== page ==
The problem is becoming more painful every day. I have a bad sense of direction, I am constantly guilty of missing turns, getting off on the wrong floor, and I always struggle to find my house keys. Are they lying on the bedside table, in the kitchen drawer, or in my handbag? And where is that handbag again?

My four-legged housemates, on the other hand, know exactly where they can and cannot go, keep track of their location, and sashay in and out of the house without any guidance from me. Here is the big difference: they are golden retrievers, and I am not.

Illustration by Eliane Gerrits.

Many of us carry pedometers or other electronic measuring instruments to keep track of ourselves. We try to cram more apps into our smartphones. But let’s admit that this high-tech race has long ago been won by our furry friends. Our two adorable dogs are fully loaded with computer power. First of all, they wear an electronic tell-tale that keeps track of how close they are straying to the “invisible fence” around our yard. A whistling sound first warns them. If they go farther, a shock follows. That potential shock was for me at first an almost insurmountable barrier. How could I hurt those dear ones? But in practice, one shock was more than enough. It is not without reason that Pavlov did his experiments with dogs.

In addition, they wear — on the advice of the our vet because dogs also prefer to lie on the couch all day — a special dog pedometer, the FitBark, which accurately keeps track of how many steps they take every day. (By the way, I wonder how this four-legged counter works. It would be fair if the number of steps were divided by two.)

Finally, there is the swinging dog door, which, at the exact moment that they stand there with their snouts in front of it, lifts up with an electronic “Open, Sesame.” Especially when I am outside in the dark looking for my keys to get back into the house, they mock me for my technological deficits by nonchalantly strolling in and out of the house. How hard can it be?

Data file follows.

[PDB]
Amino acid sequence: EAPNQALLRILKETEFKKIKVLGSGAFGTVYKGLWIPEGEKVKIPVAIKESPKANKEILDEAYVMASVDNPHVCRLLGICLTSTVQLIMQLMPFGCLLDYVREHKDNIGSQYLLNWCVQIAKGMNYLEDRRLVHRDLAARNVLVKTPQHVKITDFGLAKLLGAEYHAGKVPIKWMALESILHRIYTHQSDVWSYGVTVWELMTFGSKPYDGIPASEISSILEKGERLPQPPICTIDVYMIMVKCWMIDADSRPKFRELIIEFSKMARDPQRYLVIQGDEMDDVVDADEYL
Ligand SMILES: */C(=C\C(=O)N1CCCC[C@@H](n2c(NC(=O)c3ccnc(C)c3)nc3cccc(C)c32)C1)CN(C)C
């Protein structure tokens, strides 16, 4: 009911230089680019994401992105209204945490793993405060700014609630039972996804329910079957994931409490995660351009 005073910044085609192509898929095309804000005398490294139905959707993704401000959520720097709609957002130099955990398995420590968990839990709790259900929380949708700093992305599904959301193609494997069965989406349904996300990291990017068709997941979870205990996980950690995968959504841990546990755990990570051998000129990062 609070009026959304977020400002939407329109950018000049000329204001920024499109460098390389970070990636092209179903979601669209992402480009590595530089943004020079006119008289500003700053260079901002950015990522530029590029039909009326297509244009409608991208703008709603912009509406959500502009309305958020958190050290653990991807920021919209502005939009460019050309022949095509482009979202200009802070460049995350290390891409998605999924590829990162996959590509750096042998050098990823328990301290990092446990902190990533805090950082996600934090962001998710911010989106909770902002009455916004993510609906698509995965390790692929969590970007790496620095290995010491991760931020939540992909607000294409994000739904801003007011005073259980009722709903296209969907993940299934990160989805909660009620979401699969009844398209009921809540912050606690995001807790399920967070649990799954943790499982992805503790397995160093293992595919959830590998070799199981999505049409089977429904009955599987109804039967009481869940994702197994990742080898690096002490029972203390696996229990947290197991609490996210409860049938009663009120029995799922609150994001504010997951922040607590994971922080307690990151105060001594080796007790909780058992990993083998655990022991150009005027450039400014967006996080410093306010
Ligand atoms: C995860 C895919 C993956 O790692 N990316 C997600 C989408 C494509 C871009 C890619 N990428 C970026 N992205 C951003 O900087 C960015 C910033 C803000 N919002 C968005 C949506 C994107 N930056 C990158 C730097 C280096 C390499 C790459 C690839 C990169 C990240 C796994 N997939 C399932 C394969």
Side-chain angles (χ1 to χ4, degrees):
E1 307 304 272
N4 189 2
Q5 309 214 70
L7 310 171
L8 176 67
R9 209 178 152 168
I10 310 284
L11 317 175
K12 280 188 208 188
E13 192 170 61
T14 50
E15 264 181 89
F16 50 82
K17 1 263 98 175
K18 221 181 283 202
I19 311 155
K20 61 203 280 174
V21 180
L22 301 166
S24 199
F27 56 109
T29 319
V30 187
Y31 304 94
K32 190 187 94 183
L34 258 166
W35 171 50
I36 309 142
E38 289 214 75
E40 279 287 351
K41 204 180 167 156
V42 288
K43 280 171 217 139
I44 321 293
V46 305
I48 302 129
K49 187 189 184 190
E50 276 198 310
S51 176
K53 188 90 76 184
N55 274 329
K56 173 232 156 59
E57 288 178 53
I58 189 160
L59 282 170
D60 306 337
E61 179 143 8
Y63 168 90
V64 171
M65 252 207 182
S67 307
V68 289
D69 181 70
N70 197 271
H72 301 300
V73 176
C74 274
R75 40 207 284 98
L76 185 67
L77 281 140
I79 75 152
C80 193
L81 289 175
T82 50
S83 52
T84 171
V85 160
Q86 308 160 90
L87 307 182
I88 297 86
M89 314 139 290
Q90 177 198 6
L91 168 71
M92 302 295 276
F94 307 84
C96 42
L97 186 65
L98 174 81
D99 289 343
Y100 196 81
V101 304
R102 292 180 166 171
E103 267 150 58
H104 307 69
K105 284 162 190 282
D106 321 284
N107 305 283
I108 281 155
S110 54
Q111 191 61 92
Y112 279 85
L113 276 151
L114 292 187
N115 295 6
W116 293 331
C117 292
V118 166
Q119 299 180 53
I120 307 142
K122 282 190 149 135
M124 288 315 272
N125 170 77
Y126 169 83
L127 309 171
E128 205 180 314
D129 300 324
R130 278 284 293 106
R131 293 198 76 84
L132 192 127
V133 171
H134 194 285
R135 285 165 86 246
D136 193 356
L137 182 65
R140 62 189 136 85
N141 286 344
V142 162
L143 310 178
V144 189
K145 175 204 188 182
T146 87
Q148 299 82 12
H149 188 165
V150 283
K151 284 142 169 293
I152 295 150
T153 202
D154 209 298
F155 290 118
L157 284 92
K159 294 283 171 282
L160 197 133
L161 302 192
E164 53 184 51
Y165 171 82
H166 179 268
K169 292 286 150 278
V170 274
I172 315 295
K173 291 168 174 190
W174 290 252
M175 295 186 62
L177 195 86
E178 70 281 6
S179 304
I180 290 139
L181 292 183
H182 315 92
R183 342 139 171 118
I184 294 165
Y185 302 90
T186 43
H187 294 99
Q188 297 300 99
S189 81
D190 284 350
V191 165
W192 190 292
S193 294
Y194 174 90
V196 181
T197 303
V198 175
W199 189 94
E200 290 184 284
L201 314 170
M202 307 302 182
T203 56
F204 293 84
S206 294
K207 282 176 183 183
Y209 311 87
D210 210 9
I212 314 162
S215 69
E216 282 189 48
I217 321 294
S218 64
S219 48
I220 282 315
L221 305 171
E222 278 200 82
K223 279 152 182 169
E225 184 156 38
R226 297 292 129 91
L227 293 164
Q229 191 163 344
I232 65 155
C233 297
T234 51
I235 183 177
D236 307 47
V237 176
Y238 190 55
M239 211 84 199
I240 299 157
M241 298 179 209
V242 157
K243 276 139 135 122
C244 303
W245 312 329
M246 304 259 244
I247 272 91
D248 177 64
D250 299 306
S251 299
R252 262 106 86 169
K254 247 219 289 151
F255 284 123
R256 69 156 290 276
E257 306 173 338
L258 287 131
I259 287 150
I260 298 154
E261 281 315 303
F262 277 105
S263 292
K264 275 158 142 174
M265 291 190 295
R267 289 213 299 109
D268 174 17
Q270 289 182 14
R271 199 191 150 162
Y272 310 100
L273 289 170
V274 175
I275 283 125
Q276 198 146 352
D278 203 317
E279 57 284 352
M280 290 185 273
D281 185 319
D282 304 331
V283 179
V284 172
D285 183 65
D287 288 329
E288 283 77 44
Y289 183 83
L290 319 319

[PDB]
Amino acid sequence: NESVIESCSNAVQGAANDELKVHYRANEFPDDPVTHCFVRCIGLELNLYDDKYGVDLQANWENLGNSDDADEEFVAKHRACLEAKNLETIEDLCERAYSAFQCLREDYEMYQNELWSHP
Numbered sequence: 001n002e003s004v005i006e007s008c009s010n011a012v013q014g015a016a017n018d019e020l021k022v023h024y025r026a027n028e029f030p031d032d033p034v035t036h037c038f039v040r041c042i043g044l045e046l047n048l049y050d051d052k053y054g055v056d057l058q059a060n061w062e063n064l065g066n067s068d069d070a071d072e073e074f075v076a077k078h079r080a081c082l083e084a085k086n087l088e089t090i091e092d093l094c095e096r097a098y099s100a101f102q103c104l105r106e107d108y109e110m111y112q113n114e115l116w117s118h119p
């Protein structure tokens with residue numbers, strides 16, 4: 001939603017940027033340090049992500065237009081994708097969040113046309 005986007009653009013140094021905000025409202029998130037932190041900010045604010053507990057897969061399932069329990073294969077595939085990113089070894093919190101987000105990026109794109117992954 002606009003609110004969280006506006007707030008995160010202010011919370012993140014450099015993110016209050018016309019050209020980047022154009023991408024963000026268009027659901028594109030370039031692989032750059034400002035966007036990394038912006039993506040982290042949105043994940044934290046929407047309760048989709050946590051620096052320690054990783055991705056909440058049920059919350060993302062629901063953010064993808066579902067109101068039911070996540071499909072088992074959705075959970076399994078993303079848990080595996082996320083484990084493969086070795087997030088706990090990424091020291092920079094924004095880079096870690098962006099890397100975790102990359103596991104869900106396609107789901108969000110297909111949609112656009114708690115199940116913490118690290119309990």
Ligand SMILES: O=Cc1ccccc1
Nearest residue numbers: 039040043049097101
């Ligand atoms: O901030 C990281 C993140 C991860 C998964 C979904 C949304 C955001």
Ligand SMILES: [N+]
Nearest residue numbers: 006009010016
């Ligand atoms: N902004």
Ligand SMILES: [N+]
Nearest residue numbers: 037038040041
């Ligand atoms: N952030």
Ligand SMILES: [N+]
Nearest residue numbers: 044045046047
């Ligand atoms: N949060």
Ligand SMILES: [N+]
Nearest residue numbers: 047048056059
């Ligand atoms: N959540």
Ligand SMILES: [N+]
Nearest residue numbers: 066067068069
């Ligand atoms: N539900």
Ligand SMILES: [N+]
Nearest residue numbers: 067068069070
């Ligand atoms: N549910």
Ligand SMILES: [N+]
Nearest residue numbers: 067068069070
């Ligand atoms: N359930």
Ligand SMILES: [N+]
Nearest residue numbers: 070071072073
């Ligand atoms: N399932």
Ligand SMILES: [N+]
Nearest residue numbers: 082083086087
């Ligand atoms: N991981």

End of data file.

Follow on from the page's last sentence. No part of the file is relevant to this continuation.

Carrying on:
The temptation then is to crawl through the dog door yourself. After all, I just have to borrow their collar. But I am afraid that I will lose my natural authority in one fell swoop, like a senior manager who tries to mess around with computers in the IT department.

The fact that pets are better suited for domestic life in the future was already clear from our confrontation with the American immigration service when we arrived seven years ago. We were taken like potential criminals to a dim office where the officials extensively studied our immigration papers, in particular the X-rays of our lungs and the extensive vaccination certificates. As if we were still living in the 19th century and bringing the most lethal diseases from the Old World with us.

After this hour-long interrogation, our hearts sank. How would our two domestic cats then fare? But the opposite was the case. In literally one minute the microchips already implanted in their ears were read and their complete medical records recorded by a computer. Check! Check! Go! They were allowed to continue at once. Totally at home in the New World.

Pia de Jong is a Dutch writer who lives in Princeton. Her bestselling memoir, Saving Charlotte, was published in the U.S. in 2017. She can be contacted at pdejong@ias.edu.